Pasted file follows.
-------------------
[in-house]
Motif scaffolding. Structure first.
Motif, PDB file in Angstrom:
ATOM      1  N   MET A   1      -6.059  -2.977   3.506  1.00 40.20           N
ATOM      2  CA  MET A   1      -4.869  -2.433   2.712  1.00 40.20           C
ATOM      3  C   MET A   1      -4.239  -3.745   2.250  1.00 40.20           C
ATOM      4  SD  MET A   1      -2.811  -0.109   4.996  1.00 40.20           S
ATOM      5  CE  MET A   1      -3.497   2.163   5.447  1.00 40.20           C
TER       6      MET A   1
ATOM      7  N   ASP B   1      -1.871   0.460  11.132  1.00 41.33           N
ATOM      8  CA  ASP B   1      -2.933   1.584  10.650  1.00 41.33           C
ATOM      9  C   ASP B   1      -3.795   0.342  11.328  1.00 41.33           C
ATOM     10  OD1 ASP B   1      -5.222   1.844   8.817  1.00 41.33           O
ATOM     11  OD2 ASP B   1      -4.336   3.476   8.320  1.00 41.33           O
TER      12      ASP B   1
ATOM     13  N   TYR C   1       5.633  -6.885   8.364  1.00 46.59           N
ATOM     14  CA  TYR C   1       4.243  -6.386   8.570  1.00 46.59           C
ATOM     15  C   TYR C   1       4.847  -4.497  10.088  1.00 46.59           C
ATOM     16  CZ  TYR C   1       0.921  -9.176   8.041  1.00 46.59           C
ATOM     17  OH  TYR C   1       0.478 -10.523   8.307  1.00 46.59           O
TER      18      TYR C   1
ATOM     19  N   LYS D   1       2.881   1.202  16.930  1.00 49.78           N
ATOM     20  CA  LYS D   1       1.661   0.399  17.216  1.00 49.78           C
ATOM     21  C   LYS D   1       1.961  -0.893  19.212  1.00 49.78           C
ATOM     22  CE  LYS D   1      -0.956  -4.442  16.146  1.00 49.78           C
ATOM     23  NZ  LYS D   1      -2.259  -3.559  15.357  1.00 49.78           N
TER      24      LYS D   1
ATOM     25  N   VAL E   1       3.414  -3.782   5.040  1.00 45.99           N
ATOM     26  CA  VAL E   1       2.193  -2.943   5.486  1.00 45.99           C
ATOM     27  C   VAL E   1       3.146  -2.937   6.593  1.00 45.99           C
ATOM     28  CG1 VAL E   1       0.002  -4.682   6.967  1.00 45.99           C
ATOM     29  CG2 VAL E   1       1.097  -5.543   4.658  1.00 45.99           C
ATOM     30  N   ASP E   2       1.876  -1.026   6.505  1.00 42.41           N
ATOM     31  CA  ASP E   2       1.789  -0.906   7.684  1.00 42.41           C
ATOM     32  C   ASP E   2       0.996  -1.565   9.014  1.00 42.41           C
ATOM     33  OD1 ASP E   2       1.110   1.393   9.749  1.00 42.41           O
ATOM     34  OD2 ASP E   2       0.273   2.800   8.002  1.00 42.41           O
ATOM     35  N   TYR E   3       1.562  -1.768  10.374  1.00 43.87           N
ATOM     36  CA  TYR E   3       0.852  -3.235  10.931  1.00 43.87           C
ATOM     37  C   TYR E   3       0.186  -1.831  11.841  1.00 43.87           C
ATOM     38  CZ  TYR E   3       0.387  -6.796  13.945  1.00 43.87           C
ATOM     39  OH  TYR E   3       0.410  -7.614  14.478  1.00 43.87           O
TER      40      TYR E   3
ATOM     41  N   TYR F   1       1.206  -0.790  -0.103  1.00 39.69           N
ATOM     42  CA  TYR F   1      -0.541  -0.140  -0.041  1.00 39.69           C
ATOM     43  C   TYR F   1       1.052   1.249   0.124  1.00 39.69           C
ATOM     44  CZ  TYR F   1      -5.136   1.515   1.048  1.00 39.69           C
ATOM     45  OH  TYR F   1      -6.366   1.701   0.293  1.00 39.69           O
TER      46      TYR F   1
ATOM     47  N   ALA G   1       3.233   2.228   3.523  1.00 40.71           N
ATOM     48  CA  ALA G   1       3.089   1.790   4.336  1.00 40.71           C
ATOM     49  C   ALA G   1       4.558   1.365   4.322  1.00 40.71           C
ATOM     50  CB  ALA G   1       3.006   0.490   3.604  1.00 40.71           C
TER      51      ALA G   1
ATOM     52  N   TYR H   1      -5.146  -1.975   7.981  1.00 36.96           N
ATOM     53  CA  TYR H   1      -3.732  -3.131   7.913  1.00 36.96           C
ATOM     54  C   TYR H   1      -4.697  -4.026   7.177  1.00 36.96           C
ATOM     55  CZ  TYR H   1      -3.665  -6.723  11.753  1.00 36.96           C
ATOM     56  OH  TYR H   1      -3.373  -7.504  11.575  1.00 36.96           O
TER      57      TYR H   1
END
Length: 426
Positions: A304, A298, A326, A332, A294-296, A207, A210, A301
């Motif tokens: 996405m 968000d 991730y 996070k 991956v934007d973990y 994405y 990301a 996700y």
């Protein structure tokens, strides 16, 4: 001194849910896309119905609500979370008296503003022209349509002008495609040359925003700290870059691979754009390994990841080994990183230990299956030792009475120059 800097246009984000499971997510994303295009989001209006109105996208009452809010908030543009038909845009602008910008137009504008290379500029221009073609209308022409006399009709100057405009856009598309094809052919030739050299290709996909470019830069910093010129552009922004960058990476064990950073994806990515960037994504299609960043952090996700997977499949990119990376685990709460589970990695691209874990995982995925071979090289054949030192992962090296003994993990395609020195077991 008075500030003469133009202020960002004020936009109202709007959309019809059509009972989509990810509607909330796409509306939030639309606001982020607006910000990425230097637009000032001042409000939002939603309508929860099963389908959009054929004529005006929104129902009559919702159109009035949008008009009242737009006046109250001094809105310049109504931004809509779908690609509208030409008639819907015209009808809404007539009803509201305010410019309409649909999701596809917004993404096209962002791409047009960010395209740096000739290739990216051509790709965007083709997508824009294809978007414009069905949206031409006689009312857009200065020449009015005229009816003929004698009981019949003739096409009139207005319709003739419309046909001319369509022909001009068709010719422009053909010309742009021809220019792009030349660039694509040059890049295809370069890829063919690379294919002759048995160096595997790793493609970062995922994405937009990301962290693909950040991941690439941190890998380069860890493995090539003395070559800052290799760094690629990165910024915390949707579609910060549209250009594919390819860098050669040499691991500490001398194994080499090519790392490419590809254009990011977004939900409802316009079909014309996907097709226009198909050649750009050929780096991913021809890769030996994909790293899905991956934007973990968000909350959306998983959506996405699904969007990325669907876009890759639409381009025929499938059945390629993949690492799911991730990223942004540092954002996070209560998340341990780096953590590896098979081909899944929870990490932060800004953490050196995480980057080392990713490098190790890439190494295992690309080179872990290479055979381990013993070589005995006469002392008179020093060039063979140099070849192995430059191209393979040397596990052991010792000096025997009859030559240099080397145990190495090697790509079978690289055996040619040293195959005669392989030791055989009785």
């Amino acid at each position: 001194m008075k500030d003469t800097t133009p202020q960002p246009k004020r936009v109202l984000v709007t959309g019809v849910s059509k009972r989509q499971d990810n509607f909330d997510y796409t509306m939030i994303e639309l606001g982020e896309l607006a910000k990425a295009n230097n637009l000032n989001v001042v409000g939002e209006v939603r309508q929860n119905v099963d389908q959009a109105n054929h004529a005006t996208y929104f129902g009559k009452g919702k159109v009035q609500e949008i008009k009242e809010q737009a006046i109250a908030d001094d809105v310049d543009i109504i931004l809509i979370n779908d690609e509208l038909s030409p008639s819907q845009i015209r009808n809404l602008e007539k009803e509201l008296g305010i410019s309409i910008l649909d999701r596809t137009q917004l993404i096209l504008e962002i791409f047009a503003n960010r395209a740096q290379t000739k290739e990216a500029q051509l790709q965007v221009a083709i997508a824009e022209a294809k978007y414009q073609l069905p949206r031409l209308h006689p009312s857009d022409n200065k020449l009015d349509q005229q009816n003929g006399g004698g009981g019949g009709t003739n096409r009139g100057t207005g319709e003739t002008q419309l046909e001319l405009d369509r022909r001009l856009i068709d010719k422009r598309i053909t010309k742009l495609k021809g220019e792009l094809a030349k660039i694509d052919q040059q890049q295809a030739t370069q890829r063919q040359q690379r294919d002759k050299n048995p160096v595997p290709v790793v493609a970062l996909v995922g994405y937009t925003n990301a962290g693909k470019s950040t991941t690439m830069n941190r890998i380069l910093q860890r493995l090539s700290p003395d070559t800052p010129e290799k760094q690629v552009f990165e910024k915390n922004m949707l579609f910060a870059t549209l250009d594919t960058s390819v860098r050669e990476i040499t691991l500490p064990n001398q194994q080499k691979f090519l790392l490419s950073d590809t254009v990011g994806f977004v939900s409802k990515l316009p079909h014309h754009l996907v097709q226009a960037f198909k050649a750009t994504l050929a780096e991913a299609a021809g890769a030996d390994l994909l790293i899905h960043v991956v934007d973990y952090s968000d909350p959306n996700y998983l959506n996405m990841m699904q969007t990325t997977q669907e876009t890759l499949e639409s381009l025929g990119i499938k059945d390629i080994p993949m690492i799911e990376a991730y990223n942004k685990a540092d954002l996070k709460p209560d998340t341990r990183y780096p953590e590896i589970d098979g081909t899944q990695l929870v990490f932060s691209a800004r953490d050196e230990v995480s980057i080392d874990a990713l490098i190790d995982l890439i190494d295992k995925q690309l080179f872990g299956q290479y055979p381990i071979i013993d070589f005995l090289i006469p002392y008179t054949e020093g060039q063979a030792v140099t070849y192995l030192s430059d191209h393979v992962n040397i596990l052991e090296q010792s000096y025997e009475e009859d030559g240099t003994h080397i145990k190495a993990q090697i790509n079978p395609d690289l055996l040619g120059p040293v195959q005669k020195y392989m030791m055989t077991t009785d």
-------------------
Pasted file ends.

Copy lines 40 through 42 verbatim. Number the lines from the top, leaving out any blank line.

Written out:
ATOM     37  C   TYR E   3       0.186  -1.831  11.841  1.00 43.87           C
ATOM     38  CZ  TYR E   3       0.387  -6.796  13.945  1.00 43.87           C
ATOM     39  OH  TYR E   3       0.410  -7.614  14.478  1.00 43.87           O